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ABSTRACT: Background: Cytoreductive surgery for ovarian cancer is often an extensive procedure, associated with substantial intraoperative blood loss. Blood lost during surgery is conventionally replaced using donor (allogeneic) blood. Intra-operative cell salvage may be an alternative, suggested to improve outcomes in terms of morbidity and survival. Objectives: To compare the safety of intraoperative cell salvage (IOCS) vs. allogeneic blood transfusion in women undergoing surgery for ovarian cancer in terms of overall and disease free survival. Methods: We performed a systematic search of Medline, the four full text collections (Science Direct, Ingenta Select, Ovid full text and Wiley Interscience) from 1966 until Jan 2014.The Cochrane Gynaecological Cancer Collaborative Review Group’s Trial Register was also searched. For databases other than Medline, the search strategy had been adapted accordingly. In addition we searched abstracts of scientific meetings and reference lists of review articles. Two review authors independently assessed whether potentially relevant studies met the inclusion criteria. Results: The search strategy identified 18 unique references of which 15 were excluded on the basis of title and abstract. The remaining 3 articles were retrieved in full, but none satisfied the inclusion criteria. No studies comparing intraoperative cell salvage vs. blood transfusion were identified. Authors’ conclusions: We found no comparative studies assessing the overall and disease free survival for intraoperative cell salvage versus allogeneic blood transfusion in women undergoing surgery for ovarian cancer. Based on the findings in other tumour sites, a randomised controlled trial is needed to compare intraoperative cell salvage and allogeneic transfusion for women with ovarian cancer.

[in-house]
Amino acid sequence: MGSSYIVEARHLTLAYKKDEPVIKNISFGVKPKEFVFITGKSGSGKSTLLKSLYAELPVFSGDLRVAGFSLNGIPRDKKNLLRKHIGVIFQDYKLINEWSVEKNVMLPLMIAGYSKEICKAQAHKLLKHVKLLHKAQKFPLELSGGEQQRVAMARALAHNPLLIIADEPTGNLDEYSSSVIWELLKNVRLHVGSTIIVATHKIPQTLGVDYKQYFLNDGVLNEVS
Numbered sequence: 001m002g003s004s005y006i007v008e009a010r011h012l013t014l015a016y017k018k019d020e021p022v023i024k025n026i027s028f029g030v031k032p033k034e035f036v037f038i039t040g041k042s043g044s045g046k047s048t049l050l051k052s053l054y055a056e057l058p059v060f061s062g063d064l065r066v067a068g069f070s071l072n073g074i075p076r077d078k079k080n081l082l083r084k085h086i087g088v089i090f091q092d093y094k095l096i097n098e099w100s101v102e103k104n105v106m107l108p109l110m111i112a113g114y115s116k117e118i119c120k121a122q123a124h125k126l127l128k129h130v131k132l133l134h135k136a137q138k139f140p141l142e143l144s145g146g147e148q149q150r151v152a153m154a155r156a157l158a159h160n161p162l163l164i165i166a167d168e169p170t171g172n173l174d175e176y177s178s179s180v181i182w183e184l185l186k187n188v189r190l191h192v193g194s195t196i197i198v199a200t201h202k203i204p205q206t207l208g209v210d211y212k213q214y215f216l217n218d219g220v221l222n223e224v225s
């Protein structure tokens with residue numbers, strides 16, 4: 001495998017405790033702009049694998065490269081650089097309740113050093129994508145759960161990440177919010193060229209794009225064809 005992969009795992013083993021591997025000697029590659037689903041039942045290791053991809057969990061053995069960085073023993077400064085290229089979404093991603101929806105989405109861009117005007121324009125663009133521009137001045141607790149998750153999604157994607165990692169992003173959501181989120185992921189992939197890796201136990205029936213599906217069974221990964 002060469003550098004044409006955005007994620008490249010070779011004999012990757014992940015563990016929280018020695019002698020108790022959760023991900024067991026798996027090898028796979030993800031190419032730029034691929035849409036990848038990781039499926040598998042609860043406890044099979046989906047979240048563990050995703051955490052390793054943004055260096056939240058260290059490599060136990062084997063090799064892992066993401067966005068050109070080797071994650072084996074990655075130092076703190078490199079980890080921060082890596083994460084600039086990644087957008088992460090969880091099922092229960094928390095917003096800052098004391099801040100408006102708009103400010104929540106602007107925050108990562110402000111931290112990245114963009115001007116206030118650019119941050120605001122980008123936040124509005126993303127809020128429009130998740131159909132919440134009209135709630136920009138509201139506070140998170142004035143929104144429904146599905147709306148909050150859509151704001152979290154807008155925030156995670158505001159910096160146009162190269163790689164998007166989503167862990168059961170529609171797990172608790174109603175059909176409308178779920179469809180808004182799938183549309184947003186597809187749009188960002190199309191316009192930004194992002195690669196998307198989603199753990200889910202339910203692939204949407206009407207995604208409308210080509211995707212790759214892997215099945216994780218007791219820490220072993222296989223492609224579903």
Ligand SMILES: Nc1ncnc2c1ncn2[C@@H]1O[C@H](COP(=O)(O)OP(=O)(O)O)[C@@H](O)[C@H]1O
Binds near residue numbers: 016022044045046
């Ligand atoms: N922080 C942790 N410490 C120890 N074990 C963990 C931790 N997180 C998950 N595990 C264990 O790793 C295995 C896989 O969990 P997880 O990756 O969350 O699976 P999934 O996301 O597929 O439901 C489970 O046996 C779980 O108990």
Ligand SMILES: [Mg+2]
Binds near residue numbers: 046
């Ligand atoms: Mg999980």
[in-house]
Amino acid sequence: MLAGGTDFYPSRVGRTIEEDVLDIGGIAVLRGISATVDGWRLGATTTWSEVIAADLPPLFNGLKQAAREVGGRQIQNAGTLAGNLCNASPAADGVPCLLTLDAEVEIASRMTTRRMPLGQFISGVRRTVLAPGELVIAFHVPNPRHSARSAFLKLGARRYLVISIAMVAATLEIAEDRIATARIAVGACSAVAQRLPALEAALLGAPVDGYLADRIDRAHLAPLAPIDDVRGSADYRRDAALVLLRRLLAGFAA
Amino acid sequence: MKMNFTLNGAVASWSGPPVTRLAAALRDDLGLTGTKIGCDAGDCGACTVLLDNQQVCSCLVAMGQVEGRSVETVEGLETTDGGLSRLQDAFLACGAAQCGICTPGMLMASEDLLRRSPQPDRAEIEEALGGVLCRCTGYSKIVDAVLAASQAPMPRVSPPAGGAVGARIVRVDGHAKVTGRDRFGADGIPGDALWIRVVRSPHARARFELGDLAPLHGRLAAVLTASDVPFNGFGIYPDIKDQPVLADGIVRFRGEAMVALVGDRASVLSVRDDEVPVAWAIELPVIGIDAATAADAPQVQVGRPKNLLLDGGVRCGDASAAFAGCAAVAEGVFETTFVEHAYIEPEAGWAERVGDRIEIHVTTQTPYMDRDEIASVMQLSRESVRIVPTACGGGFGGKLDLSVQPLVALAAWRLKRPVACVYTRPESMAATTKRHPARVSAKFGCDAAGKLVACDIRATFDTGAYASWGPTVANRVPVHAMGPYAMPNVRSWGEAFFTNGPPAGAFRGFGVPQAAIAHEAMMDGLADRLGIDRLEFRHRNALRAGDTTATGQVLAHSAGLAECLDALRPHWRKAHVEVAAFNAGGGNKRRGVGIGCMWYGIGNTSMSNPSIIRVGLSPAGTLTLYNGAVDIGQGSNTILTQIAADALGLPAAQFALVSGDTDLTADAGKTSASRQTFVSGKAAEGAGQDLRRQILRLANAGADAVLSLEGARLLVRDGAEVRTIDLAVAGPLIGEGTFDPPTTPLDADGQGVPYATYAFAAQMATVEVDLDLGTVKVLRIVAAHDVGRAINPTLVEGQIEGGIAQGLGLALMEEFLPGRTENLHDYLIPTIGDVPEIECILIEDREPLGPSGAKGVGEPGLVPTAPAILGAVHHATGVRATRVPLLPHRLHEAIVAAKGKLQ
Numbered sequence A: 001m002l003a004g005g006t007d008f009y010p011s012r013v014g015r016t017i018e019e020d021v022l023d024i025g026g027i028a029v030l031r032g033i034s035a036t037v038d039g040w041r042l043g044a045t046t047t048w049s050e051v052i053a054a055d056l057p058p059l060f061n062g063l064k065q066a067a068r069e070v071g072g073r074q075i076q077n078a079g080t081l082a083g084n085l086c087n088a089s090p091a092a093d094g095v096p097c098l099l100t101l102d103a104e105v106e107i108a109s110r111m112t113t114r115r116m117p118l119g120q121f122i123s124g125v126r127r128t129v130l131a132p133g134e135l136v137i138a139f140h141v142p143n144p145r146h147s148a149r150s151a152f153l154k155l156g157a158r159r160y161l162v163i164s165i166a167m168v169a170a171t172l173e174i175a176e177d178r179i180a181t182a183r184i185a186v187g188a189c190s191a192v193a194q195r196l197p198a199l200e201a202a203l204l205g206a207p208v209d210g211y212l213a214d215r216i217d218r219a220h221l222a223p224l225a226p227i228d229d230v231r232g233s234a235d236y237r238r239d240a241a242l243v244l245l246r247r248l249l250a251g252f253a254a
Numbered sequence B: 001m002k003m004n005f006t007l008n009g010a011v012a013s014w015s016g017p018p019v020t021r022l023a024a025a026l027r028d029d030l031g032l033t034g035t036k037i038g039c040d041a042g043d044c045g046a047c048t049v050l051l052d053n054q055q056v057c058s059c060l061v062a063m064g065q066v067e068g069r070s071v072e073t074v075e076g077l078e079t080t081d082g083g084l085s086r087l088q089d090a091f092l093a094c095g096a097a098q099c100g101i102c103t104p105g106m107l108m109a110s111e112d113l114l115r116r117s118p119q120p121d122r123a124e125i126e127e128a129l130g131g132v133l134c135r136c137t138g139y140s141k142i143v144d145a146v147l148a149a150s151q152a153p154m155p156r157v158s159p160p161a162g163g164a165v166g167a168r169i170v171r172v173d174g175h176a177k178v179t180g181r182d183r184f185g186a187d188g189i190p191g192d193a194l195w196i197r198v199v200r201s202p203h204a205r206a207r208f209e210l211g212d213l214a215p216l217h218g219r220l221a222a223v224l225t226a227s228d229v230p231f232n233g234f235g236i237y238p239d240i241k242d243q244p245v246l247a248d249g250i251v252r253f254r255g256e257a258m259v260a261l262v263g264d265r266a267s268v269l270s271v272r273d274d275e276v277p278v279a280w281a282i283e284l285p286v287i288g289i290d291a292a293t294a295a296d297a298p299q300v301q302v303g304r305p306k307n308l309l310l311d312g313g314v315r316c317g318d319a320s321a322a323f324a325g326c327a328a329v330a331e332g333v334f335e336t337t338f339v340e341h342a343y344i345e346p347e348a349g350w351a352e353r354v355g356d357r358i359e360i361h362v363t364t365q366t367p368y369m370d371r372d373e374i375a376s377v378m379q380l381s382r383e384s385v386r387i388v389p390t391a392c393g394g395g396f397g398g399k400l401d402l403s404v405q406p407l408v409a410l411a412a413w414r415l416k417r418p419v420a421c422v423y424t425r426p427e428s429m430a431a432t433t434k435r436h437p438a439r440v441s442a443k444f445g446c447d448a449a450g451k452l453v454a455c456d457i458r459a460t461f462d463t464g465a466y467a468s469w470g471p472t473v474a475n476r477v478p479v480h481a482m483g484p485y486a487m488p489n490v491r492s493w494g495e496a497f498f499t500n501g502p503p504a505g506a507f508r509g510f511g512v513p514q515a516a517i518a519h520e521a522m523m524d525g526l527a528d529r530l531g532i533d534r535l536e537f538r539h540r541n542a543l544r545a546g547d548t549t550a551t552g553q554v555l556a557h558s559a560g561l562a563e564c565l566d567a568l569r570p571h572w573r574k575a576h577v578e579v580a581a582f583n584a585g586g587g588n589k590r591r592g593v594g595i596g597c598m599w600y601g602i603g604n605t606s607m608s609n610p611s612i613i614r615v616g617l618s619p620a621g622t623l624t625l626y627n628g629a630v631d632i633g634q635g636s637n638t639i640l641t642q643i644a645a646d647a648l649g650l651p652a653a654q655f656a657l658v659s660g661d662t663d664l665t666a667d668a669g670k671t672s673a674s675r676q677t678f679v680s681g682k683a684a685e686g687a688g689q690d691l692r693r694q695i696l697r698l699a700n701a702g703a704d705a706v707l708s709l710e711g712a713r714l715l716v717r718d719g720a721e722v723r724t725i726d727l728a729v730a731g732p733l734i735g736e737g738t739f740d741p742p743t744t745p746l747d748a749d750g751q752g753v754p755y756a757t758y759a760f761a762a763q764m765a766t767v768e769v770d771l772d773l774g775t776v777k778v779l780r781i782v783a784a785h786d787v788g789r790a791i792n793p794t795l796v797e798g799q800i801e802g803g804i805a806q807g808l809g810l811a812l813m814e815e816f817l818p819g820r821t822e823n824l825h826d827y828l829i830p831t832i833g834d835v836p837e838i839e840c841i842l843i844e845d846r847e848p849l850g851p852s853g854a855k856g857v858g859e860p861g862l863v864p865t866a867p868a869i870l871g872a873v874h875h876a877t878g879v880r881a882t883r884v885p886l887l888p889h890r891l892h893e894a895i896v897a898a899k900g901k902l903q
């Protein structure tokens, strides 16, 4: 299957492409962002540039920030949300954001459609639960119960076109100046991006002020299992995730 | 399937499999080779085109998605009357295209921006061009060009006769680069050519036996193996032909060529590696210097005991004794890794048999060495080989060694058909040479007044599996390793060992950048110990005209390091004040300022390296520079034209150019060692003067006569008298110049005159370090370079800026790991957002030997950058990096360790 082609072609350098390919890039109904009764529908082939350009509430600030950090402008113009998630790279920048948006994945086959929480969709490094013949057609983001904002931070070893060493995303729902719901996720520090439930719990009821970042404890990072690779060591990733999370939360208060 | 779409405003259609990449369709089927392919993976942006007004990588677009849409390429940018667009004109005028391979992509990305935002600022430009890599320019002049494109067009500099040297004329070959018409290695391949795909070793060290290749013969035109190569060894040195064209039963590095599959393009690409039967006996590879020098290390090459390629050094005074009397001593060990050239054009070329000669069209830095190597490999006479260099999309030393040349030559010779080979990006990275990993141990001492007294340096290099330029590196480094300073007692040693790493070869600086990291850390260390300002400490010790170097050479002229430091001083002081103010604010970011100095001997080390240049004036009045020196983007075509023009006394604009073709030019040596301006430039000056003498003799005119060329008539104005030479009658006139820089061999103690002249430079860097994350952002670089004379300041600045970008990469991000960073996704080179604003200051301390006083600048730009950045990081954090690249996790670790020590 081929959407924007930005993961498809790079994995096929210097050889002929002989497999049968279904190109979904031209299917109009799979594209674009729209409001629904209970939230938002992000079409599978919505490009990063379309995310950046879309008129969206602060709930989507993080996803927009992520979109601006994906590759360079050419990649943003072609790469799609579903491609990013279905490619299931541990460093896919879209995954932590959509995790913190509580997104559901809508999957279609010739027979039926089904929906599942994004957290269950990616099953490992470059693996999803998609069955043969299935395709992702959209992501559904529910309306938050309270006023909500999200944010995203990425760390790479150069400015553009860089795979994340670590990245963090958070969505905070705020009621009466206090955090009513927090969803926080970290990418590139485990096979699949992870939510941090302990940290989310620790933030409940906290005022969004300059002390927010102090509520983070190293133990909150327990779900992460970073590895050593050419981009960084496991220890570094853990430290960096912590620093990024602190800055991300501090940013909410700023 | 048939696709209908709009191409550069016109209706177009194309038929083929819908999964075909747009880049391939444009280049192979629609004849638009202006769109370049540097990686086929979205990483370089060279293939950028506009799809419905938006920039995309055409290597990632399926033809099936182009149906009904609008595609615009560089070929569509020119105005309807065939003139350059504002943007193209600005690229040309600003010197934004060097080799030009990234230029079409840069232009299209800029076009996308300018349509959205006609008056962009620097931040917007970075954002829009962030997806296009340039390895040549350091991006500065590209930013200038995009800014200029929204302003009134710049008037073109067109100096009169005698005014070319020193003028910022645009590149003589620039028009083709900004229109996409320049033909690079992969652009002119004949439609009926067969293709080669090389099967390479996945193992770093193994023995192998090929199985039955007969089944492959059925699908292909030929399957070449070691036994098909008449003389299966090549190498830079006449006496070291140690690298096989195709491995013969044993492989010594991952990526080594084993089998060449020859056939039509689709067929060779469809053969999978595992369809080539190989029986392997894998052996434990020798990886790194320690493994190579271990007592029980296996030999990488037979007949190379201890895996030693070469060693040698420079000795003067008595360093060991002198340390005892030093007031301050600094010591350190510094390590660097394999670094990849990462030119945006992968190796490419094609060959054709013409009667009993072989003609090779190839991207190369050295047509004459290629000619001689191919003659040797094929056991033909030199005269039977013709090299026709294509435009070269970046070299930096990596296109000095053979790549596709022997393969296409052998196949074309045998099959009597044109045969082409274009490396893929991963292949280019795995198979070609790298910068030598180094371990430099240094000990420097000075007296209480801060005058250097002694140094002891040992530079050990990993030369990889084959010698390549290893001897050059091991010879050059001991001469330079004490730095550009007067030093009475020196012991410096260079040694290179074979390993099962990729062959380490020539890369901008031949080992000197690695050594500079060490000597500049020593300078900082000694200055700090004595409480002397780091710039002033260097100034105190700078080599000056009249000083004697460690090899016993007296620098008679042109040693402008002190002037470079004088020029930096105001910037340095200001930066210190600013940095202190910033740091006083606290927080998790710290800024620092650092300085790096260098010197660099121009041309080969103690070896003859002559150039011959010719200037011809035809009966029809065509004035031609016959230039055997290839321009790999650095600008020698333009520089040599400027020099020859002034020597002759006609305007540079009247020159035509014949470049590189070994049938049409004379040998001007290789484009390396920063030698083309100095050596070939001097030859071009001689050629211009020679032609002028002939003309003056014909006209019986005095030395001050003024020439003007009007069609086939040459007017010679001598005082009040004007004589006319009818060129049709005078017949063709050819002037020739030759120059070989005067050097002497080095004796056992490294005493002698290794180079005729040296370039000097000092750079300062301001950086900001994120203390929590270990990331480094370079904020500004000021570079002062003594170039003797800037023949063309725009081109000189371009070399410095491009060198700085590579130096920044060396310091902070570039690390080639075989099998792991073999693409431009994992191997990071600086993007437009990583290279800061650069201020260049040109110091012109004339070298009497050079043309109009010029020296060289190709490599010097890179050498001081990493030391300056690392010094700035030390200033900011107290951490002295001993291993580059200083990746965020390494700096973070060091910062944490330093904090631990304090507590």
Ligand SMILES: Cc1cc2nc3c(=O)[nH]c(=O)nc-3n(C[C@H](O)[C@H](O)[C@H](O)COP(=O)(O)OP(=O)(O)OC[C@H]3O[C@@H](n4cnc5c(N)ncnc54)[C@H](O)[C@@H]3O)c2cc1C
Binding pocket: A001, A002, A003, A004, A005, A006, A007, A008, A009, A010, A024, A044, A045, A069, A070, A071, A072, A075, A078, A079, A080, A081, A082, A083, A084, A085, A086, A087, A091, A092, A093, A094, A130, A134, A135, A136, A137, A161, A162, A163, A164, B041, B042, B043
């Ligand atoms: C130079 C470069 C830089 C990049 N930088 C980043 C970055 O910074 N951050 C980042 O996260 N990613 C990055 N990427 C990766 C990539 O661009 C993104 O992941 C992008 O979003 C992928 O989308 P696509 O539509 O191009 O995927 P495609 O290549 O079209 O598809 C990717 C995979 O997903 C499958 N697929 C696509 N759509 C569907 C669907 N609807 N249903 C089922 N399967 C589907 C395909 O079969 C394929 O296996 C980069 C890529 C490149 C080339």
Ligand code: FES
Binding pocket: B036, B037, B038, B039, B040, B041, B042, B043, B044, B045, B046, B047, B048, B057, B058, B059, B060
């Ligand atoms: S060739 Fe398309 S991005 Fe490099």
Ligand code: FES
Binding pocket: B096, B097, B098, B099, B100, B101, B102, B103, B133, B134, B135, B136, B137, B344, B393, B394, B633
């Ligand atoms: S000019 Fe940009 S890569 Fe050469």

Article: Pre-operative anaemia[Show abstract] [Hide abstract]
ABSTRACT: Pre-operative anaemia is a relatively common finding, affecting a third of patients undergoing elective surgery. Traditionally associated with chronic disease, management has historically focused on the use of blood transfusion as a solution for anaemia in the peri-operative period. Data from large series now suggest that anaemia is an independent risk associated with poor outcome in both cardiac and non-cardiac surgery. Furthermore, blood transfusion does not appear to ameliorate this risk, and in fact may increase the risk of postoperative complications and hospital length of stay. Consequently, there is a need to identify, diagnose and manage pre-operative anaemia to reduce surgical risk. Discoveries in the pathways of iron metabolism have found that chronic disease can cause a state of functional iron deficiency leading to anaemia. The key iron regulatory protein hepcidin, activated in response to inflammation, inhibits absorption of iron from the gastrointestinal tract and further reduces bioavailability of iron stores for red cell production. Consequently, although iron stores (predominantly ferritin) may be normal, the transport of iron either from the gastrointestinal tract or iron stores to the bone marrow is inhibited, leading to a state of ‘functional’ iron deficiency and subsequent anaemia. Since absorption from the gastrointestinal tract is blocked, increasing oral iron intake is ineffective, and studies are now looking at the role of intravenous iron to treat anaemia in the surgical setting. In this article, we review the incidence and impact of anaemia on the pre-operative patient. We explain how anaemia may be caused by functional iron deficiency, and how iron deficiency anaemia may be diagnosed and treated.Anaesthesia 01/2015; 70(s1). DOI:10.1111/anae.12918 · 3.85 Impact Factor